Being able to see as much as you can when looking through or at a vehicle is critical. Placing a Smith and Wesson M&P Shield on the dashboard you can see the difference between the XH-30 and XH-35. Using the focused beam you can just start to see the reflection on the back of the slide and its whiter, more directed. You can also see into the footwell. With the broad beam, especially depending on where its pointed you can almost loose the pistol. You can see more around the car, just not the gun. Enter the 1500 Lumen 600DF, the real winner here. Not only is it brighter you can see the pistol more clearly. Move to a longer range and it’s even more pronounced.
Standing at 25 yards the M&P shield was placed on the range wall. Using the XH35 you probably can’t see it unless you know where to look. Lots of light around the area, none on the weapon. Move to the focused beam of the XH30 and it is markedly better, you can actually see the pistol. Using the 600DF it’s literally night and day with bright white light allowing you to clearly see the pistol. Camera is okay, but at the range I could almost identify it as a Shield, not just a generic pistol. Even at 50 yards with the 1500 lumen light you can see the pistol. At longer range it is more noticeable. Looking at the range office from 110 yards you can see quite a bit, even into the windows with the 600DF, the 1000 lumen XH30 is not bad, you can see the building just not as well. Move to the XH35 and you can see very little. All were mounted to a tripod and pointing to exactly the same spot providing a true comparison.
The test was less about who’s light you choose as what they do. Surefire just offers a nice line of 1000 and 1000+ lights making for a good comparison and they were all at hand. Surefire still remains the choice for many professionals, if not for the light then their rugged reliability. Still, their line has improved and there are plenty of other choices but the overall effect is the same. Both the XH-30 and XH-35 have the ability to switch between 1000 and 300 lumens. If too much light frightens you then turn it down. There is also a strobe switch, mostly to be ignored. That’s a whole other never ending argument, but in my experience it’s mostly useless and distracting, but it’s there if you want it. Surefire’s X300U is dedicated to 1000 lumens using the focused beam, my choice for a duty pistol. It fits existing holsters for the X300 one of the most prolific pistol lights on the market today. Streamlight has really stepped up their game as well offering excellent light and in some very small packages.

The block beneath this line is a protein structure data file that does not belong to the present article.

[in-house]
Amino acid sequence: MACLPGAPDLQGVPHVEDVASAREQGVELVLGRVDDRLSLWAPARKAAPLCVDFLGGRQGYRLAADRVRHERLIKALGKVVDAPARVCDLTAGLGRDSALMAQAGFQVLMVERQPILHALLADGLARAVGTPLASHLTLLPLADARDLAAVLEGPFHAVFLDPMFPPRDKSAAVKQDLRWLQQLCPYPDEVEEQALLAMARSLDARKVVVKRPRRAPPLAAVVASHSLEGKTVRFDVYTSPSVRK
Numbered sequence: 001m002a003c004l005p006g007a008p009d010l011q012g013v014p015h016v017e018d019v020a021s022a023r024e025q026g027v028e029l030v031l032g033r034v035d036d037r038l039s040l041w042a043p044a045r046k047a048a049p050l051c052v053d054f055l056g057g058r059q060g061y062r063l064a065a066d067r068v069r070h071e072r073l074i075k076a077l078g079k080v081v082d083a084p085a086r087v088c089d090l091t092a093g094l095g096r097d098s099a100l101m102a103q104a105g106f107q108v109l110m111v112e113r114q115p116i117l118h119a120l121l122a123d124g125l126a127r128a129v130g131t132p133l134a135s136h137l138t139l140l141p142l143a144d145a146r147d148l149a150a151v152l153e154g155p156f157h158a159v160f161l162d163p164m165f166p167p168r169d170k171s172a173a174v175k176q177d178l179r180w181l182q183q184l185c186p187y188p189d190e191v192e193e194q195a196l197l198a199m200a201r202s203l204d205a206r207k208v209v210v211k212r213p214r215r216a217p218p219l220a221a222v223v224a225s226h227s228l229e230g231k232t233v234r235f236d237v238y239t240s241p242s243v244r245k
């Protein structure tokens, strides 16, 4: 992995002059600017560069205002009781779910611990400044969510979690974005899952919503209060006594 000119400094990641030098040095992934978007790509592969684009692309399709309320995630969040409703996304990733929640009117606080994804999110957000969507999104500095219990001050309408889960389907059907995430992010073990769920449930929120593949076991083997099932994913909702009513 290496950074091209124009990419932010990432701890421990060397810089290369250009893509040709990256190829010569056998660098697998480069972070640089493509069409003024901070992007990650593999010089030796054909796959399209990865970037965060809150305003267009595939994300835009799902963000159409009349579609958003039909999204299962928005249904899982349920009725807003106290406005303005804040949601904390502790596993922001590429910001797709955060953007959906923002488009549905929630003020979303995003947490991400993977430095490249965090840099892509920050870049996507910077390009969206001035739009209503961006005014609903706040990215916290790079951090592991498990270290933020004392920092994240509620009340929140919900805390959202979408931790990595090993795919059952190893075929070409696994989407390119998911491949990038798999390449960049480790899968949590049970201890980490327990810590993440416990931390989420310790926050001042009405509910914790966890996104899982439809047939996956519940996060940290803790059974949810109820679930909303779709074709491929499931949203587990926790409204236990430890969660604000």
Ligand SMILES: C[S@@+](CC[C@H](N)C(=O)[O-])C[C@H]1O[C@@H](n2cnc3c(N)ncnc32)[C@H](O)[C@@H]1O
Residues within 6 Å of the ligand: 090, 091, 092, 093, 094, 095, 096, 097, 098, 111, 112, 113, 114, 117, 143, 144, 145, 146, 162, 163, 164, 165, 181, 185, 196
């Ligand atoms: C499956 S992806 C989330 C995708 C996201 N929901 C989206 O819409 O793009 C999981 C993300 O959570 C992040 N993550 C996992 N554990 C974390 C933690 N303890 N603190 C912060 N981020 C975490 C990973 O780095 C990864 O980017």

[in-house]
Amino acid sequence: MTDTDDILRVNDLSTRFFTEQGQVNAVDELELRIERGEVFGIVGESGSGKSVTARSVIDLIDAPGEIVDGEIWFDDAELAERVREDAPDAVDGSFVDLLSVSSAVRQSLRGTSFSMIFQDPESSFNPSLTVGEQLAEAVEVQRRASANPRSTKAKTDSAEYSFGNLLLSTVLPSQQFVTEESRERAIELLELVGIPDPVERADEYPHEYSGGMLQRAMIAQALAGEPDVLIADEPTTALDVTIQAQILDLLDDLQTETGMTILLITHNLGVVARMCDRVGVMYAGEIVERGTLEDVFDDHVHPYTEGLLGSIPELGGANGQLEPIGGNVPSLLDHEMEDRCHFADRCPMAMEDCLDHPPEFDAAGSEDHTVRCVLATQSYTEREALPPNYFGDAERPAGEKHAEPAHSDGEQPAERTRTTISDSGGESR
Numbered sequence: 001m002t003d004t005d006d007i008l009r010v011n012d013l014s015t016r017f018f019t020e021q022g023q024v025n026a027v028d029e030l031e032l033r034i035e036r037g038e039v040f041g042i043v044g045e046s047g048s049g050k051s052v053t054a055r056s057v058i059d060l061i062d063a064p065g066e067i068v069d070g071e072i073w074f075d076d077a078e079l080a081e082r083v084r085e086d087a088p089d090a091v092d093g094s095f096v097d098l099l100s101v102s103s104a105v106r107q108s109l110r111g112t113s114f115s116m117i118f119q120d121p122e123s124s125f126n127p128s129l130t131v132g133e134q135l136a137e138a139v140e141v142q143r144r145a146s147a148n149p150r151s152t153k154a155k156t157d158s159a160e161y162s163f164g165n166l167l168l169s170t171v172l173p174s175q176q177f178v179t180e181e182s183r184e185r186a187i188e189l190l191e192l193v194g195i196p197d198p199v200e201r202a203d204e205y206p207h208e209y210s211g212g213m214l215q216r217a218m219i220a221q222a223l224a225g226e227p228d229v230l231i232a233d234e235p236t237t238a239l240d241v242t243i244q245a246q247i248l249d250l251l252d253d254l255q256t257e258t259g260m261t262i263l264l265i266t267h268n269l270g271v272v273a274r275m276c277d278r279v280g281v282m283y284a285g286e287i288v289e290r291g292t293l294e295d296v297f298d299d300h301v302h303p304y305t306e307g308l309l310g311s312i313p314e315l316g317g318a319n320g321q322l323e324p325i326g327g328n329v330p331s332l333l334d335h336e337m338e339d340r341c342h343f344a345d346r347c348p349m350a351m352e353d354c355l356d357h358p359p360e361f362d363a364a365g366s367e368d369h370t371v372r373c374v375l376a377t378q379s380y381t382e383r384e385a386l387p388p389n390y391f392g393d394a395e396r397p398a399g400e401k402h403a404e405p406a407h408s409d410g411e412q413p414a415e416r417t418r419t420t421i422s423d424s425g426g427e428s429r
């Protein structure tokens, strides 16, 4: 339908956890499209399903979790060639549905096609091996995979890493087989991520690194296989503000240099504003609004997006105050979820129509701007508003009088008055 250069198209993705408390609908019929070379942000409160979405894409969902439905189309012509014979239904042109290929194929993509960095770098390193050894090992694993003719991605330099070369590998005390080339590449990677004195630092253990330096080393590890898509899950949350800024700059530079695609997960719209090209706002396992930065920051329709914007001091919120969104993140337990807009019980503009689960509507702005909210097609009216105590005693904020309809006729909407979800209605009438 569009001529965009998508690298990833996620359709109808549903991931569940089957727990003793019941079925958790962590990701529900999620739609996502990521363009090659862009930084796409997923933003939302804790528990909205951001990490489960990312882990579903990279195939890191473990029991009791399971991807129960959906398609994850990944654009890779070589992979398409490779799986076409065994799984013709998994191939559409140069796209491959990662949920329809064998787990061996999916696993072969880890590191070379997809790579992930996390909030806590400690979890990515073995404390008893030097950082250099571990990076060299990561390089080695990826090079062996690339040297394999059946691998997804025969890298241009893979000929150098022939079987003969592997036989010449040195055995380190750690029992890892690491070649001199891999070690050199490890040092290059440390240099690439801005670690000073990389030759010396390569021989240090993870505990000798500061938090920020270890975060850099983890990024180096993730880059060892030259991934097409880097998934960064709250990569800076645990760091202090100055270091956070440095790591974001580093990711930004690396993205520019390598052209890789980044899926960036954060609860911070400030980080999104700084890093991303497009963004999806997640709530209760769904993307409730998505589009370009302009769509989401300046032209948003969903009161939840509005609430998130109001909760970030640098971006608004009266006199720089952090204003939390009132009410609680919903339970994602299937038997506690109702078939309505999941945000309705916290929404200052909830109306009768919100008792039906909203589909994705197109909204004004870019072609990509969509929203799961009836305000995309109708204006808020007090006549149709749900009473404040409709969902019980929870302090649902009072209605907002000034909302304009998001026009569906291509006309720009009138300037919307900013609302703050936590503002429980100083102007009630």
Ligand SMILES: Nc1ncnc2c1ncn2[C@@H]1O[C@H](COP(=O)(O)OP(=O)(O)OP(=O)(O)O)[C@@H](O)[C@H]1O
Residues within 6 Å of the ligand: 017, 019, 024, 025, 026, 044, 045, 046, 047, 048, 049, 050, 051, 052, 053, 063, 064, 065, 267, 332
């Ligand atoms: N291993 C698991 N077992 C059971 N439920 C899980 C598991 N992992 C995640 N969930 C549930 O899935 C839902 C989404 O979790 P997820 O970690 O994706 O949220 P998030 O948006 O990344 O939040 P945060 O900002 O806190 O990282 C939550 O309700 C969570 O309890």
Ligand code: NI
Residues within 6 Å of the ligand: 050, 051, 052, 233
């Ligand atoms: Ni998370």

Surefire’s 600DF is one of best carbine light available right now with more on the horizon. People are starting to see the value of high quality lights with lots of lumens and some very solid companies are stepping up to that game. These lights allow you to see at a distance once unheard. With the Surefire Scout using a quick mount nets you a 1500 lumen hand held. Just remember, with high power comes high power draw. Beyond the safety and liability issues I never “search” with a weapon mounted light unless there is a known threat I am looking for. Otherwise stick to a lower power handheld and leave the high drive light for critical applications.
No matter what you use do yourself a favor and test it in the real world. Never believe what you read on the box or hear from the experts. The last place to determine its not enough is in a fight. So get out and train with whatever you are using and choose the beam that best meets your needs. Even better, have several, you simply cannot have too many lights!